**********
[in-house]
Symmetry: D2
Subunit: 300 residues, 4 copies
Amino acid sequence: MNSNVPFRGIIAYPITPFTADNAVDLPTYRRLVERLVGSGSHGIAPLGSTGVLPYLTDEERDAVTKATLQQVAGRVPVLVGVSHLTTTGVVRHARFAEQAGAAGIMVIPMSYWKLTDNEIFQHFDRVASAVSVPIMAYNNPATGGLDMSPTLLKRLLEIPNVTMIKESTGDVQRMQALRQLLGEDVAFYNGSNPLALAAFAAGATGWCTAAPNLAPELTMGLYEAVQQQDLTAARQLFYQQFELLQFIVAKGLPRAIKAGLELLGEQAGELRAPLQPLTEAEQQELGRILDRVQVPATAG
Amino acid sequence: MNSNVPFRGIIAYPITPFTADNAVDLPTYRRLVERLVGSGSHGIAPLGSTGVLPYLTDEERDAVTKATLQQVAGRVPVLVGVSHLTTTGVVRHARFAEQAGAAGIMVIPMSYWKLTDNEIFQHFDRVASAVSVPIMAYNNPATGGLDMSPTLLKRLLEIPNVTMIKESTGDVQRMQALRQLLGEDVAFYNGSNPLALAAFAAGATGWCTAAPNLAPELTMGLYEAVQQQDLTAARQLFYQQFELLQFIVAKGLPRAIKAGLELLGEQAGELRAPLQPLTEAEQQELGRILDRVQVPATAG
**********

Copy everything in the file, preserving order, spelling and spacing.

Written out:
[in-house]
Symmetry: D2
Subunit: 300 residues, 4 copies
Amino acid sequence: MNSNVPFRGIIAYPITPFTADNAVDLPTYRRLVERLVGSGSHGIAPLGSTGVLPYLTDEERDAVTKATLQQVAGRVPVLVGVSHLTTTGVVRHARFAEQAGAAGIMVIPMSYWKLTDNEIFQHFDRVASAVSVPIMAYNNPATGGLDMSPTLLKRLLEIPNVTMIKESTGDVQRMQALRQLLGEDVAFYNGSNPLALAAFAAGATGWCTAAPNLAPELTMGLYEAVQQQDLTAARQLFYQQFELLQFIVAKGLPRAIKAGLELLGEQAGELRAPLQPLTEAEQQELGRILDRVQVPATAG
Amino acid sequence: MNSNVPFRGIIAYPITPFTADNAVDLPTYRRLVERLVGSGSHGIAPLGSTGVLPYLTDEERDAVTKATLQQVAGRVPVLVGVSHLTTTGVVRHARFAEQAGAAGIMVIPMSYWKLTDNEIFQHFDRVASAVSVPIMAYNNPATGGLDMSPTLLKRLLEIPNVTMIKESTGDVQRMQALRQLLGEDVAFYNGSNPLALAAFAAGATGWCTAAPNLAPELTMGLYEAVQQQDLTAARQLFYQQFELLQFIVAKGLPRAIKAGLELLGEQAGELRAPLQPLTEAEQQELGRILDRVQVPATAG